The Creative Process
Every creative idea was tested against our insight to make sure we didn’t just end up choosing something we liked. It was long and arduous. It was a long summer of meetings as we sifted through ideas, refined the brief and eventually arrived at This Girl Can. We tried lots of different approaches - some more confrontational. We knew the campaign had to be disruptive - this couldn’t be another message that made our women feel bad about themselves. We didn’t want to hector or nag - most of us know we should be doing more exercise if we’re not particularly active. We had to experiment with just how disruptive a public sector organisation could be. One route used an explicit pop song as a riposte to the cat caller and nay-sayers who put women down. It was great but possibly a step too far for us.
The Slogan
The slogans were shortlisted to four and taken back to focus groups. A group of young women rejected one we liked - I can’t remember which one now - as ‘something my mum would say,’ so that was pretty much ruled out instantly.
This Girl Can connected with all the groups in our target audience (14-40 year old women, so pretty broad). They said it felt empowering without being intimidating - there’s no expectation that you have to be amazing - if you never get past run to a tree, walk past a tree - that’s fine. But if you start to run and end up competing in ultra marathons, that’s cool too. We needed a slogan that individual women could adapt to their own relationship with physical activity.
We discussed the use of the word ‘girl’ extensively. It can be used to dismiss and patronise women, particularly in sport where there is a long tradition of talking about sports men and sports girls (or even worse ladies). Our research showed that girl was the one word all ages in our target audience could connect to and use - they felt it was fine to use about themselves. It’s not fine when others (especially men) use it pejoratively.
The Audience
This was a first for Sport England so getting the necessary permissions and support from Government was probably the largest challenge. We had to show (quite rightly) that this was a good use of public money and that it would deliver results. And we had to hold our nerve - success feels inevitable when it happens but I remember having a nightmare before the ad actually launched, that nobody would notice it. However we spent three months engaging key influencers in sport and health sectors to ensure they supported and promoted the campaign. And we built up an online community via social listening before the first advert went live.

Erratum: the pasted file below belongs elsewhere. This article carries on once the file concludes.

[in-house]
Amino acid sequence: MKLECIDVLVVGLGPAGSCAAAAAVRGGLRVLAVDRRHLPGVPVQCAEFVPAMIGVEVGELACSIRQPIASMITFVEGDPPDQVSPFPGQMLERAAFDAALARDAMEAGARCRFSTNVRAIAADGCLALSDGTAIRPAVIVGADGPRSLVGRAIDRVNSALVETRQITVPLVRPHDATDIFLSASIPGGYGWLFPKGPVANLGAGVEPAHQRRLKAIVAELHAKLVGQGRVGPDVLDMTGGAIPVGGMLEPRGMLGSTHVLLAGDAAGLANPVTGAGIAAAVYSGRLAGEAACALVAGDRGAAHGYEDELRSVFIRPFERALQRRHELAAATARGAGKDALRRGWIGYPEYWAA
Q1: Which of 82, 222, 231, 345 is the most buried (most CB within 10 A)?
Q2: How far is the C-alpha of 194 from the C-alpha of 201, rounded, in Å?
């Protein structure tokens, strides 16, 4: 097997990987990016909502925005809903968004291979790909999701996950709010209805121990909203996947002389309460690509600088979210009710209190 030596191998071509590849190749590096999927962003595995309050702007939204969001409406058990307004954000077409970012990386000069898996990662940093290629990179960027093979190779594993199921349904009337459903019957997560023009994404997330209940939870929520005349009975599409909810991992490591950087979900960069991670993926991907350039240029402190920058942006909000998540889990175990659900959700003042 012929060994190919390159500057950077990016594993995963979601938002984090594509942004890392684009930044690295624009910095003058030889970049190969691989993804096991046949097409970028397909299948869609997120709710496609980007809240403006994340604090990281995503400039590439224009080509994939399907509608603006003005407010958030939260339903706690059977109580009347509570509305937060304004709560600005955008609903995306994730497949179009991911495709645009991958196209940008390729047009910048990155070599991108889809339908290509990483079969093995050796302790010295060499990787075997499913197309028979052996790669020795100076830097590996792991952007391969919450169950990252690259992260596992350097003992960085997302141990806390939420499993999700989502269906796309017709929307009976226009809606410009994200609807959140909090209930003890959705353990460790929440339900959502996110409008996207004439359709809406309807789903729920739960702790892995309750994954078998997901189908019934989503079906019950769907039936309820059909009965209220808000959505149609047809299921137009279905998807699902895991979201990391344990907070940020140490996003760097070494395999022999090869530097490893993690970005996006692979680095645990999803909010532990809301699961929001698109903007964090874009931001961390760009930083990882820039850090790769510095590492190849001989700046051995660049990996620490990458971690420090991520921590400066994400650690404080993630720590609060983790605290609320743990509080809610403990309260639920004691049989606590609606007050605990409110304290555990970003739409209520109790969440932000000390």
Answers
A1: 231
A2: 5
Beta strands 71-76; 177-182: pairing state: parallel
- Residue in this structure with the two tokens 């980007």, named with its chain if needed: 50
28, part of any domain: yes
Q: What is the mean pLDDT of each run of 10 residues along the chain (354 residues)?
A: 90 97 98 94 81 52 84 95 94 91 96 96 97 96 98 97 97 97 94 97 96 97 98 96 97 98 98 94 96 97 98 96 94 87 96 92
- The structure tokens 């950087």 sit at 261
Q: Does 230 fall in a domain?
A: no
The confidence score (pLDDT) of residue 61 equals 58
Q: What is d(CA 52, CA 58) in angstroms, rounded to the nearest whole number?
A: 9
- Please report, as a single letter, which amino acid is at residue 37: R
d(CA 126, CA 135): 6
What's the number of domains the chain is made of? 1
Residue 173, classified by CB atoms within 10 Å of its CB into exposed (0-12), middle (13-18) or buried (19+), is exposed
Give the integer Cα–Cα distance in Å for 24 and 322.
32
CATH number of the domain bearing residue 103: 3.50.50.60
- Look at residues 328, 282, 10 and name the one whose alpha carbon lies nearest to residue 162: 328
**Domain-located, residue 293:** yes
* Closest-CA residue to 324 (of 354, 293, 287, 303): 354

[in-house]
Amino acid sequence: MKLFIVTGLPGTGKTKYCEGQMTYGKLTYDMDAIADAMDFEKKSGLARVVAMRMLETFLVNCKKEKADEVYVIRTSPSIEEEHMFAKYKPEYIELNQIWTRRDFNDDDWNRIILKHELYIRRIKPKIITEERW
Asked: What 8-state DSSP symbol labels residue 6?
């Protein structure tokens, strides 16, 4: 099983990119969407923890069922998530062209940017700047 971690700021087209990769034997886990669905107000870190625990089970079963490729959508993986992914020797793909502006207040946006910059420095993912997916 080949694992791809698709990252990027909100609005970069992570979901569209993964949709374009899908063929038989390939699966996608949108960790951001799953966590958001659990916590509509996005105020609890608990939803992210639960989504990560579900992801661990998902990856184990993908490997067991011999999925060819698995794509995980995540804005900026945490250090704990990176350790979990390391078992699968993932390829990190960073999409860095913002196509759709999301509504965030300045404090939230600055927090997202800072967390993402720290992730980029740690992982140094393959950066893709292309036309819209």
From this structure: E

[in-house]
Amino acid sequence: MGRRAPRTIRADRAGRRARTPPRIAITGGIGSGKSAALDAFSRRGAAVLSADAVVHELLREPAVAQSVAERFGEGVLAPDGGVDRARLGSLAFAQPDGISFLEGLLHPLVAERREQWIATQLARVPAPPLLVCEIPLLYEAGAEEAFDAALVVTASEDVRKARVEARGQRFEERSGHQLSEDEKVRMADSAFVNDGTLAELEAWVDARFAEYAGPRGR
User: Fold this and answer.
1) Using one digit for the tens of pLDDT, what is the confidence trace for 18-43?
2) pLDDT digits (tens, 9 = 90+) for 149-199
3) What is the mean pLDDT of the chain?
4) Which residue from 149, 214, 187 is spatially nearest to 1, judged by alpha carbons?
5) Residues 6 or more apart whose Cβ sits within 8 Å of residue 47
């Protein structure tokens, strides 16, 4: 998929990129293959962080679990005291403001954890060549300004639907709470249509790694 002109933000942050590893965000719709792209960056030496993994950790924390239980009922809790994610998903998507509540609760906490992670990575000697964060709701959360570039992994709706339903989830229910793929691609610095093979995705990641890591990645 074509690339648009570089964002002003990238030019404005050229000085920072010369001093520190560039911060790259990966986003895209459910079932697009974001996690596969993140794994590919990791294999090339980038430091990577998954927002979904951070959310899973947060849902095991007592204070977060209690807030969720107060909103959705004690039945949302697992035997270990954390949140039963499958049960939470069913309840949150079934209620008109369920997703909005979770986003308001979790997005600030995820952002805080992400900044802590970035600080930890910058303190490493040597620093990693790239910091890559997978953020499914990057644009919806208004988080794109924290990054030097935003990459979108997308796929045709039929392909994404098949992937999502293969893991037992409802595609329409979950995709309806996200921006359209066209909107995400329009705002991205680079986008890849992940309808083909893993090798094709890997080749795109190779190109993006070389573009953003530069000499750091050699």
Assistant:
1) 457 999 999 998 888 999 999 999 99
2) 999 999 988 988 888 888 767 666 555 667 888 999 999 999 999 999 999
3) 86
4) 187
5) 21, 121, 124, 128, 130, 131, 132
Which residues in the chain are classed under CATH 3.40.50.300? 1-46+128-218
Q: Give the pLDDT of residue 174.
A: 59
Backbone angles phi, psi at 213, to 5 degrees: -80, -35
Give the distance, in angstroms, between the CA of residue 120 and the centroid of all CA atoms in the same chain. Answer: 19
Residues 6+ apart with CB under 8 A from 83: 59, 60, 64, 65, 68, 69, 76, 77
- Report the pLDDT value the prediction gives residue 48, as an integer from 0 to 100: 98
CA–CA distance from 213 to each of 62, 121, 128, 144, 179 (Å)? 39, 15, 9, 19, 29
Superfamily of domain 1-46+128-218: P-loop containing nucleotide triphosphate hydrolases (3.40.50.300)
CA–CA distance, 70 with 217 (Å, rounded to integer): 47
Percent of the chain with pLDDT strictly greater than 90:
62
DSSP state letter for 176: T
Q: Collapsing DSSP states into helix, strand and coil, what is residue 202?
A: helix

The Film
Kim Gehrig was the Ad Director, who we found through SomeSuch. It was then street-casted- all the women and girls featured are doing the activities they usually do. We found them in gyms and parks, on football fields and swimming in the Mersey. Authenticity was absolutely key - I’m sure some of them thought the shoot was going to be glamourous but we worked them hard. Every drop of sweat you see is genuine. Every red face was hard earned.
The Learnings
Are you sick of the word insight yet? Make sure you really understand your audience’s mindset and are clear about the change you are trying to effect. Don’t be swayed by what you like, this is about what will have an impact on them.
Also - don’t just launch. You need to prepare your sector and help them understand why you are taking a creative approach that won’t necessarily resonate with them. It might not be for them but you need to be supportive.
Finally - don’t just use social media to broadcast your message. Use it to listen to what your audience are telling you. Don’t be the cocktail party bore banging on about yourself, you’re seeking to create and curate conversations that charm.
The Results
  • 2.8 million 14-40 year old women say they have done some or more activity as a result of our campaign. This is measured by a mix of qual and quant research
  • 1.6 million of these say they have got back into sport or tried it for the first time as a direct result of the campaign
  • Our Active People Survey shows that 150,000 more women are now active at least once a week, every week
  • There have been over 660,000 tweets using the #ThisGirlCan hashtag - and it’s been used by women every single day since we launched above the line in January 2015
  • Our This Girl Can films have been watched over 37 million times on YouTube and Facebook alone

Project Tags